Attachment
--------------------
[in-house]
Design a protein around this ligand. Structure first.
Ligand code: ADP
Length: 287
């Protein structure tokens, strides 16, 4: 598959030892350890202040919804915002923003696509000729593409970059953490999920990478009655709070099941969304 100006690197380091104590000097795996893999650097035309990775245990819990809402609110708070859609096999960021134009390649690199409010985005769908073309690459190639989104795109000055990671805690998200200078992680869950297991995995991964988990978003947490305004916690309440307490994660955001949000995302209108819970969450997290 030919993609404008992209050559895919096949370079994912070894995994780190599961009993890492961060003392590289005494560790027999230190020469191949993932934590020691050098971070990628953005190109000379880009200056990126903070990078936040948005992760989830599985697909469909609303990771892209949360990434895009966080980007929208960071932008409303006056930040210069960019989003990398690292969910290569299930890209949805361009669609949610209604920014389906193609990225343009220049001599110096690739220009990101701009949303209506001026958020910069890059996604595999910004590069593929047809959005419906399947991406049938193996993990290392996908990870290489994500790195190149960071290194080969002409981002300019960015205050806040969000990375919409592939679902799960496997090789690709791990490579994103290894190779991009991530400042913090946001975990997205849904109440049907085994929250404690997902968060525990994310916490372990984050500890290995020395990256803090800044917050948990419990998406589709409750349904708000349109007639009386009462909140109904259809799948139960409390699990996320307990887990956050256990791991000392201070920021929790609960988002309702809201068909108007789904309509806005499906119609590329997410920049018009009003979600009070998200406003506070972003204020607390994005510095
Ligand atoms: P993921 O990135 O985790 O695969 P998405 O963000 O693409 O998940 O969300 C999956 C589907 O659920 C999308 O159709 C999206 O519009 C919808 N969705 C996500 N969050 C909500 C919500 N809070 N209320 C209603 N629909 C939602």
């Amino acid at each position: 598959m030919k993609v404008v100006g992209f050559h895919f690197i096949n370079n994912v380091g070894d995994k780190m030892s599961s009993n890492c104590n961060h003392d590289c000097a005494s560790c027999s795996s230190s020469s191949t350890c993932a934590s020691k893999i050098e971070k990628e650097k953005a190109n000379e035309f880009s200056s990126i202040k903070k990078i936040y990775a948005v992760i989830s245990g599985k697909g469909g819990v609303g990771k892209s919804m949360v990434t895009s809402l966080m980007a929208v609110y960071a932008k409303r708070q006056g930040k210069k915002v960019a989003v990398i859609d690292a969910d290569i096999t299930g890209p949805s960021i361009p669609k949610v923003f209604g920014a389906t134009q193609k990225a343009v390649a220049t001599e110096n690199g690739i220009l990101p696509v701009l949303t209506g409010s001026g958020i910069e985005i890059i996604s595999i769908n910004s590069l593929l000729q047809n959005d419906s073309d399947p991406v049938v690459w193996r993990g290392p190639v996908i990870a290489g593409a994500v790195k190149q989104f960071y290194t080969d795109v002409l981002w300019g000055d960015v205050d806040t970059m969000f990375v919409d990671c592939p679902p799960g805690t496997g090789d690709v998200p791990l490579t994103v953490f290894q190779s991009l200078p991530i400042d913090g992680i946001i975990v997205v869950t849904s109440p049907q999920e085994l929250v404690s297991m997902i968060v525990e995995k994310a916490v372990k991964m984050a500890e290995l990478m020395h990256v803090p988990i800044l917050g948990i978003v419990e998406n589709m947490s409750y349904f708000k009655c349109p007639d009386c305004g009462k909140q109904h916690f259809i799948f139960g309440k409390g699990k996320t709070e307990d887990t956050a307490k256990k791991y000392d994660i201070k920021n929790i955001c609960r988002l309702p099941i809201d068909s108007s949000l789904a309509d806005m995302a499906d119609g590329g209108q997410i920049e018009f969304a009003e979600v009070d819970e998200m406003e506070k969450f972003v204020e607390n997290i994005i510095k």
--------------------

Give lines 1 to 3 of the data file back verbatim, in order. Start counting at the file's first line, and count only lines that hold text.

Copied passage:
[in-house]
Design a protein around this ligand. Structure first.
Ligand code: ADP